Academic journal article Journal of the Association for the Study of Australian Literature : JASAL

Queering the Mainstream: The Slap and 'Middle' Australia1

Academic journal article Journal of the Association for the Study of Australian Literature : JASAL

Queering the Mainstream: The Slap and 'Middle' Australia1

Article excerpt

Christos Tsiolkas's fiction, drama and screenplays explore characters with desires not often depicted in Australian literary writing; these characters pursue anonymous beat sex, excessive drug use, vicious violence, pornography, blood fetishes, and the great taboo of sex with minors. Such preoccupations, and his continued exploration of uncomfortable desires and provoking issues, have meant that Tsiolkas has been seen as interesting and immensely talented, but rather marginal in Australian literary life. His accounts of migrant experiences, while less confrontational, have also tended to place him outside of the white Anglo dominance of Australian literary life. This has all changed since the publication of The Slap. In writing a fiction that concerns a range of mostly middle-class, inner suburban Melburnians, Tsiolkas is now seen to be writing prose highly relevant to 'ordinary' Australian life.

This has seen the book discussed in arenas outside the strictly literary, such as in the columns of daily papers and on news television, where, amusingly for those familiar with his earlier work, Tsiolkas has been consulted as a potential authority on the disciplining of children.2 He is now a major figure in the literary life of Australia and beyond.3 In 2009 The Slap won the Commonwealth Writer's Prize, the ALS Gold Medal, the Australian Book Industry and Book Association's Book of the Year awards and the Victorian Premier's Literary Award, as well as being short-listed for the Miles Franklin. The book has also been successfully adapted for television.

Does The Slap actually represent a departure, a jump into the mainstream, in which Tsiolkas is suddenly more interested in writing about backyard barbeques than sex in back alleys with strangers? And in his literary techniques-the instant decoding and widespread use of popular fictional methods, discussed later-has Tsiolkas moved squarely into the realm of popular fiction? Is this book really different from the rest of his oeuvre or can it be seen as a continuation of an ongoing literary project, especially that begun in Loaded? This article will trace both continuities and discontinuities in Tsiolkas's work as seen in The Slap. It will also examine its specificities as a fiction produced in the later stages of the Howard years in Australia, a fiction that recasts the nation via a profound ethics of inclusion.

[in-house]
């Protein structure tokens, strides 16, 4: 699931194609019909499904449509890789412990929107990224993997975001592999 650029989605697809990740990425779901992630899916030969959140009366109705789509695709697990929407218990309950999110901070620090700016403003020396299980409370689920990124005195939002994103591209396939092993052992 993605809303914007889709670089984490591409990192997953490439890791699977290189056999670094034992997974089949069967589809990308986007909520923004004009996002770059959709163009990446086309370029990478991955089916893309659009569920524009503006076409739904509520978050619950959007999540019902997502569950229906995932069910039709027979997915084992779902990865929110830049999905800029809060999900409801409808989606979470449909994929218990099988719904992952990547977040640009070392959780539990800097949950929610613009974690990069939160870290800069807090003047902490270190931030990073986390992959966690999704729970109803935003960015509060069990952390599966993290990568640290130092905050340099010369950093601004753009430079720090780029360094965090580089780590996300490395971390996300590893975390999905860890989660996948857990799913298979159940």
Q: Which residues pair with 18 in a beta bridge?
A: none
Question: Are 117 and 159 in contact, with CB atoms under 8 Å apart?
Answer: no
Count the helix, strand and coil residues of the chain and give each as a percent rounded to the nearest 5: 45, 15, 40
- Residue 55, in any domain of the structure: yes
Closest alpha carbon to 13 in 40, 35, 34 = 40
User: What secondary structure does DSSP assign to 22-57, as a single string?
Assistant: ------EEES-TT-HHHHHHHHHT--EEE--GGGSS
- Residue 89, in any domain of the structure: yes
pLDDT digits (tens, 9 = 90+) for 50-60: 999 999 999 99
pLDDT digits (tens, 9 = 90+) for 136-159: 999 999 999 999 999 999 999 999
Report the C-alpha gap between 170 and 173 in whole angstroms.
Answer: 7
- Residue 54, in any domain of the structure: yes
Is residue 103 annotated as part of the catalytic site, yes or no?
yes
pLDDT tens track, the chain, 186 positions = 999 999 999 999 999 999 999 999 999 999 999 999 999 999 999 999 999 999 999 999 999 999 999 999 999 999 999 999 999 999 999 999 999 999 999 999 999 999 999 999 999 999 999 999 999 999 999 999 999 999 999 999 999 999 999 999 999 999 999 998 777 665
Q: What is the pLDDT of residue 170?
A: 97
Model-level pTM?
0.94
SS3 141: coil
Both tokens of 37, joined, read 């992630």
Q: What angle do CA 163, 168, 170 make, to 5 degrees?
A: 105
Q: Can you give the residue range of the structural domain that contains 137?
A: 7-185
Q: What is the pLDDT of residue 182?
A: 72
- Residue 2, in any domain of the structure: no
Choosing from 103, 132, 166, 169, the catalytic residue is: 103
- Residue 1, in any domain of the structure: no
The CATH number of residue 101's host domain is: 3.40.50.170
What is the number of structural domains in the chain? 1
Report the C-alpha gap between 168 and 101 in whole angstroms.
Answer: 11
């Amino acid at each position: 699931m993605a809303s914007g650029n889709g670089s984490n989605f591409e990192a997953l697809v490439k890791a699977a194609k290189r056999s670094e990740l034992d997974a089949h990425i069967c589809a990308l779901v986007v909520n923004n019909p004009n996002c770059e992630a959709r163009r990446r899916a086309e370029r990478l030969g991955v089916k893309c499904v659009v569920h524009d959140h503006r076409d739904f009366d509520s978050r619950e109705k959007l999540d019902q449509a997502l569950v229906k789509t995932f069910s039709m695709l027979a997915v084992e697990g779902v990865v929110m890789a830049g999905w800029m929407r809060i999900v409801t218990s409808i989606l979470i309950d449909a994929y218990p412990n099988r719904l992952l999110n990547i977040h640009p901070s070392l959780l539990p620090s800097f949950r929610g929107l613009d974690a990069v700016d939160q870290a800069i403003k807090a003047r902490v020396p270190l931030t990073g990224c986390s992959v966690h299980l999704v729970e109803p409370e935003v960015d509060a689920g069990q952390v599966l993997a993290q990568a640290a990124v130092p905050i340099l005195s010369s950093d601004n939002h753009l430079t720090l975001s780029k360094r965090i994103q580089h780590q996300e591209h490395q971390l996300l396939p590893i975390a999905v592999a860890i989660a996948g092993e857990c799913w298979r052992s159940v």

Followers of Tsiolkas's work know that the structures and divisions of Australian society, as they manifest in Melbourne, have always been central in his writing. Such structures reflect various vectors that have an impact on potential identities or identifications for individuals within contemporary Australian life. Class, ethnicity, sexuality, and race are just some of the more obvious of these. The way these vectors play out on the physical geography of the city has been shown to be inseparable from the subject positions they help to produce. Tsiolkas's work is grounded in very literal ways, concerned with how the city he writes about is classed, where ethnic groups concentrate, how sexualities coalesce in localities, and where sex and drugs are available in a variety of forms. Despite tracing these factors though, Tsiolkas resists essentialising identities around embodiment. Though these vectors provide a way of mapping the city, they are also an exercise in 'mapbreaking' it, as Ari's ultimate refusal of identity suggests (Schwartz 16). Though this impulse in his current work goes well beyond sexualities, such a rejection of identity politics is a tactic of the queer politics of the nineties.

The queer theoretical and political project has sought to deconstruct those binaries which position heterosexuality and homosexuality as differing poles, taking their meanings from their opposition to each other. Queer recognises that identity is not stable, but contingent, even though identities have material, not just discursive effects. It is opposed to essentialist understandings of identity politics, which is why it can also be applied to any system relying on binaries for meaning. …

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